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X review (2022) - Ti West returns with horrific grindhouse homage

X is Ti West's grand return to horror movies, and it's an efficient, gruesome tribute to '70s filmmaking, featuring a great double-performance by Mia Goth

X movie review

Our Verdict

Ti West's X brings the horror movie director back in expectedly garish style.

Tell me if you’ve heard this one before: an all too naïve group of young people wander out to a remote part of Texas, only to find themselves terrorised by the locals their presence disturbs. After some years away from filmmaking, Ti West returns to horror movies with X, a gruesome ode to grindhouse features of the ’70s.

Broadly riffing on roadkill slashers ala The Texas Chain Saw Massacre, West wears his influences on his sleeve to celebrate what came before, and pass comment on pearl-clutching detractors, both then and now. A small film crew, headed by smarmy producer Wayne (Martin Henderson) is heading to a cabin in the middle of nowhere in order to shoot some amateur porn.

Actors Jackson (Scott ‘Kid Cudi’ Mescudi), Bobby-Lynne (Brittany Snow), and Maxine (Mia Goth), cameraman RJ (Owen Campbell), and assistant Lorraine (Jenna Ortega) make up Wayne’s operation. Their plan is to make a low budget adult film, but one with taste and substance. Something arthouse, that’s no less filled with sex.

They have the perfect location, an isolated shack out by an elderly couple’s farm. A comfy abode for the physical side, with opportunity for establishing shots, and some actual acting. Wary of their small production window, they get to work, with the owners ominously skulking around, increasingly perturbed by all the filth.

West understands his audience, preaching to genre-aficionados through immutable unease. Some cows lay mutilated on the road on the way in, heralding the slaughterhouse. Once everyone’s arrived, a quiet swim becomes an averted catastrophe when an alligator starts creeping in. A hovering drone shot captures the animal quietly moving straight for its prey. Maxine climbs out of the water just in time, seemingly unaware of how close she came to death.

It’s all a tease, mirroring the flirtatious drama of their mock porno. We know where it’s going, and X makes no allusions otherwise. The gratification in the lens glowing red as the decrepit Pearl, also played by Goth, slices her first victim is earned, knowingly and methodically. Like any worthwhile piece of exploitation, once the blood starts flowing, it doesn’t stop until the final climax.

Mia Goth in X

Kills are brutal, sometimes cartoonishly so, and frequently with a visual nod to some classic or other. Shotguns, hatchets, and pitchforks are employed, bodies triple-checked to make sure they’ve well and truly become carcasses. West himself did the editing, a concise blend of stylish flourishes and methodical cutting that guides us through the bedlam.

A pervasive comparison to pornography runs throughout. Even with fanciful edits, X is no elevated horror, and pointedly so. West draws a line between the independent, X-rated features of the ’70s, and amateur adult films in terms of layout, substance, and enjoyment. He indulges the notion they’re ultimately more similar and not, especially in the minds of retrograde conservatives, before showing that such criticism is based on intense envy.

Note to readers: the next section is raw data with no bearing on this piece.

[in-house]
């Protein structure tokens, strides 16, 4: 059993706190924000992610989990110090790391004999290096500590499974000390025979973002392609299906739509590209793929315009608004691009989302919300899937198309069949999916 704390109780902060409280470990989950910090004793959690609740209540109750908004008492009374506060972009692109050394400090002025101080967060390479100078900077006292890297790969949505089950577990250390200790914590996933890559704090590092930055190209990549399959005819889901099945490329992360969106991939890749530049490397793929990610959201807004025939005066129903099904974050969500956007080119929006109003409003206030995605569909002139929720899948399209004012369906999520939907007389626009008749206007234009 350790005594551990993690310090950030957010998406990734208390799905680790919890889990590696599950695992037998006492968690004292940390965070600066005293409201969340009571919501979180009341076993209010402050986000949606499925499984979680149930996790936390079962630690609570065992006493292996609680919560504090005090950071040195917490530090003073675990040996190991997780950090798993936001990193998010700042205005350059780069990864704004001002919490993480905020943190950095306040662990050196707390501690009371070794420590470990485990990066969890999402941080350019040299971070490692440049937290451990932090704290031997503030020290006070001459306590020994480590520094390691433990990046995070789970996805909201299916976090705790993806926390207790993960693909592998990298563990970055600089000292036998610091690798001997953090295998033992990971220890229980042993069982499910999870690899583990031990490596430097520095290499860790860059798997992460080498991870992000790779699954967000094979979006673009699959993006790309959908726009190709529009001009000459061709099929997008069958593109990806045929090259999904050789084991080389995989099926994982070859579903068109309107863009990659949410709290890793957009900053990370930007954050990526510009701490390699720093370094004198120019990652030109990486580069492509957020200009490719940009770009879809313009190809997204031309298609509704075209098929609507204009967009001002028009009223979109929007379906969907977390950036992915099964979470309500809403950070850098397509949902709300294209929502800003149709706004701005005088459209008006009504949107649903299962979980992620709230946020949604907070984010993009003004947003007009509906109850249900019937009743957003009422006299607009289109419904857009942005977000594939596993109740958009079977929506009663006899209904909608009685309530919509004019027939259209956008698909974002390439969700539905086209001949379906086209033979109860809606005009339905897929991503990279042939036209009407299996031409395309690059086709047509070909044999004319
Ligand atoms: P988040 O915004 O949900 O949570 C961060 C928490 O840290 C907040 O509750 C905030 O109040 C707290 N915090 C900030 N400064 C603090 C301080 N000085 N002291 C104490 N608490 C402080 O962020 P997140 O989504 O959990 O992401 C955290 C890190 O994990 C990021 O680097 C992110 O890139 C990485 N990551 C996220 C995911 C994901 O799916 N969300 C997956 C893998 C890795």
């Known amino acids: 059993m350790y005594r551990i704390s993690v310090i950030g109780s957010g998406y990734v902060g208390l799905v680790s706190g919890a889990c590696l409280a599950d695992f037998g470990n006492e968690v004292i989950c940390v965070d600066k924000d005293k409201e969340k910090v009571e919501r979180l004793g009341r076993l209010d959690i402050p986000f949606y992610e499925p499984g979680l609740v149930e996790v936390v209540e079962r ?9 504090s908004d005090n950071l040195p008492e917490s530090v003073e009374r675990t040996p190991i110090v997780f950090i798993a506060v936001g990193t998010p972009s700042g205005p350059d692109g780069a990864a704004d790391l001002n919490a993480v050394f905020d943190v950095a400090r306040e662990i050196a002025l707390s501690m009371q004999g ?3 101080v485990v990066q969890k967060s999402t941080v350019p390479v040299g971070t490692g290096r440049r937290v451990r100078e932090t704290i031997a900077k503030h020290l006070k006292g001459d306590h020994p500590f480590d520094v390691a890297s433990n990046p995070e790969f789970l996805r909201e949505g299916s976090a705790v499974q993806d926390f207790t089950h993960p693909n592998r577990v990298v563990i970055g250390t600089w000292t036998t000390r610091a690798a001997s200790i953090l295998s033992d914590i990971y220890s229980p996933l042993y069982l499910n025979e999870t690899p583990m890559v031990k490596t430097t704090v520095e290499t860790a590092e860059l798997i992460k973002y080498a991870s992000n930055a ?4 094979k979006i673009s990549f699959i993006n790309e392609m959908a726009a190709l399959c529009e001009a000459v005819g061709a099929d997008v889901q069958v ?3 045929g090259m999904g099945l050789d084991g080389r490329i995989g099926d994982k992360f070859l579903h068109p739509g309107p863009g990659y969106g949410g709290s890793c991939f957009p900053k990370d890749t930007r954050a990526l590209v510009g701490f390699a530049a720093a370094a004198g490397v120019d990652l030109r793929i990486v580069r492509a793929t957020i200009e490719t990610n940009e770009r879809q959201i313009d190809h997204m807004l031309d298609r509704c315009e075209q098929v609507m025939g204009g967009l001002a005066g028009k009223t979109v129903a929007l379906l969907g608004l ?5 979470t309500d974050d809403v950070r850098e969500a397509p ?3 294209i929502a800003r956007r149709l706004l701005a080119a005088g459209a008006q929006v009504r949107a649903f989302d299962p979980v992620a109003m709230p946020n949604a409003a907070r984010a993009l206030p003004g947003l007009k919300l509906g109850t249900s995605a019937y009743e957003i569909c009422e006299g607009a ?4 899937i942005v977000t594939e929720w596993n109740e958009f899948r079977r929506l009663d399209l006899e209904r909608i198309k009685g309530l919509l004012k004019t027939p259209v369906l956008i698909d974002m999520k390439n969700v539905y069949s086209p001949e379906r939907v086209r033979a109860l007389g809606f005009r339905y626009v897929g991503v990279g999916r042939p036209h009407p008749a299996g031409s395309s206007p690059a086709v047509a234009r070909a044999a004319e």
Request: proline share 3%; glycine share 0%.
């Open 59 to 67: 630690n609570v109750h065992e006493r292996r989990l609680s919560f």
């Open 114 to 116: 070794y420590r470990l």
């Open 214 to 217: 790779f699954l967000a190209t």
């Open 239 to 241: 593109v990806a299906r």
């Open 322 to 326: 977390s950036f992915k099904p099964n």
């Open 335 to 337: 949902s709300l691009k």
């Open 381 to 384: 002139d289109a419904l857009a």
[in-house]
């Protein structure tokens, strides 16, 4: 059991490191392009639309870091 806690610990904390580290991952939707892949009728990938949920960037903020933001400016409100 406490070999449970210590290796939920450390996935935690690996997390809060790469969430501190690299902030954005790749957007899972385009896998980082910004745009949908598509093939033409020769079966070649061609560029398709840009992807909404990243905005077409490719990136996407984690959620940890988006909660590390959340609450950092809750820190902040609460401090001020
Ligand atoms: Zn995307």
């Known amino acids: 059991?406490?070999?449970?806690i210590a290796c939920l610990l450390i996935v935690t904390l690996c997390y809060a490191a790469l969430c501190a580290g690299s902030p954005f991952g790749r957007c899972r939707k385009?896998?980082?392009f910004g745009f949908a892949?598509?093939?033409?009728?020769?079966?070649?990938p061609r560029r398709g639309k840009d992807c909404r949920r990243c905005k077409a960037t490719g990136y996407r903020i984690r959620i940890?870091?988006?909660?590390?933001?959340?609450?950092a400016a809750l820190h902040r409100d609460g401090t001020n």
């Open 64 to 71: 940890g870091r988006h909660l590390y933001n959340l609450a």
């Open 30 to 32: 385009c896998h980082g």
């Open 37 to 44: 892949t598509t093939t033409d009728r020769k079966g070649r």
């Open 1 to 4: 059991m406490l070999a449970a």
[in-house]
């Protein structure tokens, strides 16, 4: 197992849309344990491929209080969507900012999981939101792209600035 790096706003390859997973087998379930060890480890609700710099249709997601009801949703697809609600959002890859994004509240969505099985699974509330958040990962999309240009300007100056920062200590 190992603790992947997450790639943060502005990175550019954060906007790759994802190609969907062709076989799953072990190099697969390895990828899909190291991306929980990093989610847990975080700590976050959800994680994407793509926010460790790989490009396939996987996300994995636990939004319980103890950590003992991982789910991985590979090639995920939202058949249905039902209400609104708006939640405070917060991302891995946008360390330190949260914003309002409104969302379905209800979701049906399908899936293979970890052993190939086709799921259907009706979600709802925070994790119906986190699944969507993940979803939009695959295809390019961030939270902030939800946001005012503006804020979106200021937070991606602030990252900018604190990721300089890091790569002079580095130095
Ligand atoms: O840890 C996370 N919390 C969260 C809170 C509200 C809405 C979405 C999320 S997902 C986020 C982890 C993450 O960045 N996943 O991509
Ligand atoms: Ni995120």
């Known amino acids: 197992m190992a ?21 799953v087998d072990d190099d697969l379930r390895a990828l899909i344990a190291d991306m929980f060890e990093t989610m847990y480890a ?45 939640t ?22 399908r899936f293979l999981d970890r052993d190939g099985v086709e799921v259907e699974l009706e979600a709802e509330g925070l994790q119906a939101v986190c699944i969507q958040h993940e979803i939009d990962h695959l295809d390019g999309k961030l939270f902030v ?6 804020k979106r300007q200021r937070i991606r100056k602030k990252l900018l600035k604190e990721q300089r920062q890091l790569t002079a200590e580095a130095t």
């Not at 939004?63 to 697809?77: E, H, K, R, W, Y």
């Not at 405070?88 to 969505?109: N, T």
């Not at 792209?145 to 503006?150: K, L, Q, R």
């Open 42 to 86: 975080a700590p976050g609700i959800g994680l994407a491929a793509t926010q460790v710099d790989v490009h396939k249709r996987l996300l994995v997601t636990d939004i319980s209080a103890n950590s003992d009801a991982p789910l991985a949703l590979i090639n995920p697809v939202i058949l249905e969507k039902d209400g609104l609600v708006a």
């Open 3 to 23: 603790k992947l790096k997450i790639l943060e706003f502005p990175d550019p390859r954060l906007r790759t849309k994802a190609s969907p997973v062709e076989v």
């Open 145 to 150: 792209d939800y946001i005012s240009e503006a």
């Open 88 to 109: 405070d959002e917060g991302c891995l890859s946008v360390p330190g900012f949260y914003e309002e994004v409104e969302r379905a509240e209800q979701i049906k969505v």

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Pearl, and her husband Howard, despise the youthful freedom of the new generation. They loathe that Jackson, Bobby-Lynne, Maxine, and Lorraine can explore their sexual urges together. There’s resentment that these kids can just travel somewhere and make art together, however lewd, unperturbed by war or hierarchical family values.

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The couple represent a duality: Howard wants to control and restrict, trapping one victim in the basement, while Pearl obsesses over Maxine, spying on her. Their marriage has become stale, and in a twisted spur of passion fueled by the surrounding chaos, they re-ignite each other’s desires. Make no mistake: X puts the ‘grind’ in grindhouse in more ways than one.

It’s in West’s own worship that X is let down. The amount of homage, however incidental, comes close to pastiche. While far from something like Cabin in the Woods, the winks do on occasion distract from West’s individual style and craftsmanship. As the director of chilling ghost movie The Innkeepers, and 2013’s ghoulish The Sacrament, West has a reputation for his tonal shifts and sharp aesthetic. We don’t need further proof he’s well-read in terror.

Alas, this is a minor gripe. The cast has such flair, with Mescudi’s swagger, Henderson’s smarm, and Goth’s simmering electricity, that any dip in attention is immediately recovered. X is a film that makes the most out of everyone involved, without relying too much on any one aspect or performance.

A televangelist occasionally pops up whenever a TV is in view, spouting the usual rhetoric of repentance, and obeying God’s will.There’s a comparison to be made here too, with the way West has so confidently returned to cinema as if he didn’t take a break for six years. We, the converted, stand to attention.

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Towards the end, the local sheriff makes a quip about what kind of film is going to turn up on RJ’s camera when they play back the footage. It’ll be dirty, it’ll be nasty, and it’ll be X-rated, and anyone who doesn’t like it will just have to live with it.